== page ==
Reviewed: 24th July 2018
If your business enters insolvency, there is a chance that it may have to be liquidated if no other viable options are available. This means that the business closes down following the sale of all its assets.
When perishable goods form part of the company’s value, it’s crucial to preserve that value for the benefit of creditors. Perhaps a creditor has petitioned to wind-up your company, which is why you’re facing liquidation, or maybe you and other directors have initiated a Creditors’ Voluntary Liquidation (CVL).
Either way, when perishable goods are involved, you need to consider the tight timeframe available to dispose of them before they deteriorate.
Sometimes the Official Receiver (OR) is appointed as provisional liquidator, a role that involves the collection and protection of assets. Although the OR may be able to sell assets likely to deteriorate, one issue arising in these circumstances is that a winding up order may not ultimately be granted.
When a Creditors’ Voluntary Liquidation is the chosen route for directors and shareholders, preserving the value of assets is also of major concern. It’s a significant factor in maximising creditor returns, as perishable goods could make-up a considerable proportion of the company’s value.
When a liquidator is appointed before creditor approval has been obtained, sometimes known as a ‘Centrebind’ procedure, it expedites proceedings and helps to ensure creditor returns are maximised by preventing serious delays.
The liquidator can take the necessary steps to dispose of assets that might deteriorate whilst creditor approval is being sought, including perishable goods.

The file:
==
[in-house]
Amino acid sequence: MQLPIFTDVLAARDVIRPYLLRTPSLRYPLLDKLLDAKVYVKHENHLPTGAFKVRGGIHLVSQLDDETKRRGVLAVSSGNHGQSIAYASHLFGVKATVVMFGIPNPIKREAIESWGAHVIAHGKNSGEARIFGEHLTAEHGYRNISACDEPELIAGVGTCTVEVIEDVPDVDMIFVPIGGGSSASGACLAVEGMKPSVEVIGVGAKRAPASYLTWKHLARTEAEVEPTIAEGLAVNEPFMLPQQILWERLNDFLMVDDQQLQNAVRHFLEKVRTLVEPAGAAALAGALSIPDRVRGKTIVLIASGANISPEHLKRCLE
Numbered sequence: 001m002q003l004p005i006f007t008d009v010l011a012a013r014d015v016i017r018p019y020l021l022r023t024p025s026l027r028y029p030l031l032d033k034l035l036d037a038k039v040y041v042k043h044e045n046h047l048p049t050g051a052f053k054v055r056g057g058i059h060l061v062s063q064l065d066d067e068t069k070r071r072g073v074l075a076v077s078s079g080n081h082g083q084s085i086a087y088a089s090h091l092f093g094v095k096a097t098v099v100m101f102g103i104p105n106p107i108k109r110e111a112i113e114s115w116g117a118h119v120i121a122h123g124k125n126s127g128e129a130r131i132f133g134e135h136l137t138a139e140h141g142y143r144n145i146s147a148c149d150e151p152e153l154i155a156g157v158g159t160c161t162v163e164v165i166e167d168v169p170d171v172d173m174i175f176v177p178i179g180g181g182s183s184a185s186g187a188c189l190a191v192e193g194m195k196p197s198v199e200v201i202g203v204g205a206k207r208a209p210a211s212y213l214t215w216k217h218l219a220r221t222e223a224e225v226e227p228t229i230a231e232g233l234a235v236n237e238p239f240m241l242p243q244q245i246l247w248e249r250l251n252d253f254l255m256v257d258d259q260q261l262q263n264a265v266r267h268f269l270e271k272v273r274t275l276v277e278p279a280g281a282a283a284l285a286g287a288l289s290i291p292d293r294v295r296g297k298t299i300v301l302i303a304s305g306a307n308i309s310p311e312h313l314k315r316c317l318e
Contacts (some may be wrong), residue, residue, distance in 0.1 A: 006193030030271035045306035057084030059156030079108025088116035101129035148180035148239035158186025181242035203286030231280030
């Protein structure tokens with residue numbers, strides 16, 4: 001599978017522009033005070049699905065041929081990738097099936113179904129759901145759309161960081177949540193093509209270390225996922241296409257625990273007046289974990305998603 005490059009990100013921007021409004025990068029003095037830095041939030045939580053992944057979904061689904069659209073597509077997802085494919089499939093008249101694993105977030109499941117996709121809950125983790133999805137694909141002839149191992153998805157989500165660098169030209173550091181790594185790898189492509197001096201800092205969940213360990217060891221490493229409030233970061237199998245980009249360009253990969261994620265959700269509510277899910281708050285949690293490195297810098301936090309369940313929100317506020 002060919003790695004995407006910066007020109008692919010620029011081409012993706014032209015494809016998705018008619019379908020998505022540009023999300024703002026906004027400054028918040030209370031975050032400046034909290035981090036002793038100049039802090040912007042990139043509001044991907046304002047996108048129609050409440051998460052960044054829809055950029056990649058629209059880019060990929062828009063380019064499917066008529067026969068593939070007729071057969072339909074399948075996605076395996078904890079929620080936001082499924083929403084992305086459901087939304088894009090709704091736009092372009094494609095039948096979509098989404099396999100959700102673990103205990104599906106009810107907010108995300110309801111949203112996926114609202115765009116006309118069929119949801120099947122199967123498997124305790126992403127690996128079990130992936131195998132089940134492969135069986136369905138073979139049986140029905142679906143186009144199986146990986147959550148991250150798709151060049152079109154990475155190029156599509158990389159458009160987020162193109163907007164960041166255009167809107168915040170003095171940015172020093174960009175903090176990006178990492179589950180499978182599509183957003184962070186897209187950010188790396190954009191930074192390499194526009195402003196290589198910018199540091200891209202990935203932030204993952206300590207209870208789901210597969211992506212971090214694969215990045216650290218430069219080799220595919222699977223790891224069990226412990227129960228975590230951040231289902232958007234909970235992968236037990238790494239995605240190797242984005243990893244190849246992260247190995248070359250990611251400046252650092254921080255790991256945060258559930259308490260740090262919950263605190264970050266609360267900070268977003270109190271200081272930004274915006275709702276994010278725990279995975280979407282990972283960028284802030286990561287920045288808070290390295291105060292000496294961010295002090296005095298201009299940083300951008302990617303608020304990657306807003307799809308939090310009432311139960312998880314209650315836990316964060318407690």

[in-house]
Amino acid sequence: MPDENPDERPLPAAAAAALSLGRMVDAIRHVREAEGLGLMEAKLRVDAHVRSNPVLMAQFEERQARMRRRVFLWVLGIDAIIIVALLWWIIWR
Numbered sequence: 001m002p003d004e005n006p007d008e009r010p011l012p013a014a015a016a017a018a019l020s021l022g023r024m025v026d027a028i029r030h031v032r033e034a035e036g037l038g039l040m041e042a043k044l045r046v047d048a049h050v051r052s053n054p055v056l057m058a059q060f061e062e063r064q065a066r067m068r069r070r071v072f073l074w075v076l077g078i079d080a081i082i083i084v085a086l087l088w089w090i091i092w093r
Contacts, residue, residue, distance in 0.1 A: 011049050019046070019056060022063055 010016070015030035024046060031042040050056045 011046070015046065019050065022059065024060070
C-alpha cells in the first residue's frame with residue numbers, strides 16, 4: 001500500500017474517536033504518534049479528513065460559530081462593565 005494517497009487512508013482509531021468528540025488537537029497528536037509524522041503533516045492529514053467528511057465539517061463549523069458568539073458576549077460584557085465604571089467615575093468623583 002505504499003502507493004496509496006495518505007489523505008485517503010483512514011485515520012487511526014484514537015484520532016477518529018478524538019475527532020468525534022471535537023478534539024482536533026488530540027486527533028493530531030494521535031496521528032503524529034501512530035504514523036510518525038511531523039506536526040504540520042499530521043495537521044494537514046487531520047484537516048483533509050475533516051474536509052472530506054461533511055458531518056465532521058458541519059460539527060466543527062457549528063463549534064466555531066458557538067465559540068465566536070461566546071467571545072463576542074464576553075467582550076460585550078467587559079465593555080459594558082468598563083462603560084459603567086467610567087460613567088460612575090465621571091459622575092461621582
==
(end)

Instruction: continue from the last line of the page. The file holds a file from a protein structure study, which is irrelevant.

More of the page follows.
Perishable goods are deemed assets and need to be sold quickly to raise funds for creditors when a business has to be liquidated. During a ‘standard’ CVL, creditor approval must be sought by the appointed liquidator, but this naturally takes some time to obtain given the complex nature of company insolvency.
Centrebind liquidation circumvents this issue by permitting the office-holder to deal with and dispose of assets without prior sanction by creditors, and without a court order. If a farm goes into liquidation, for example, the crops are valuable assets that could ultimately make up a significant part of creditor returns.
The liquidator is only able to dispose of assets that are deteriorating, however, unless they have sanction from the court.
A liquidator must maximise returns, as far as possible, for creditors as a whole. To allow a significant part of a company’s asset value to diminish would go directly against this objective.
Centrebind liquidation originated in the 1960s when the company, Centrebind Ltd, won a court case that allowed the liquidator to act on appointment by the shareholders, but before sanction by company creditors.
Apart from the benefits of being able to preserve assets when their value would otherwise diminish, the Centrebind case also introduced a legal loophole into the liquidation process that could be exploited to the detriment of creditors. This loophole has now been closed, but the advantages remain of being able to move fast to secure funds for creditors in specific circumstances.
If you would like to find out more about insolvency and perishable goods, call one of our expert team at Real Business Rescue. We are turnaround specialists and can provide the professional assistance you need if your business is experiencing distress. We offer same-day consultations and operate from a network of 75 UK offices.
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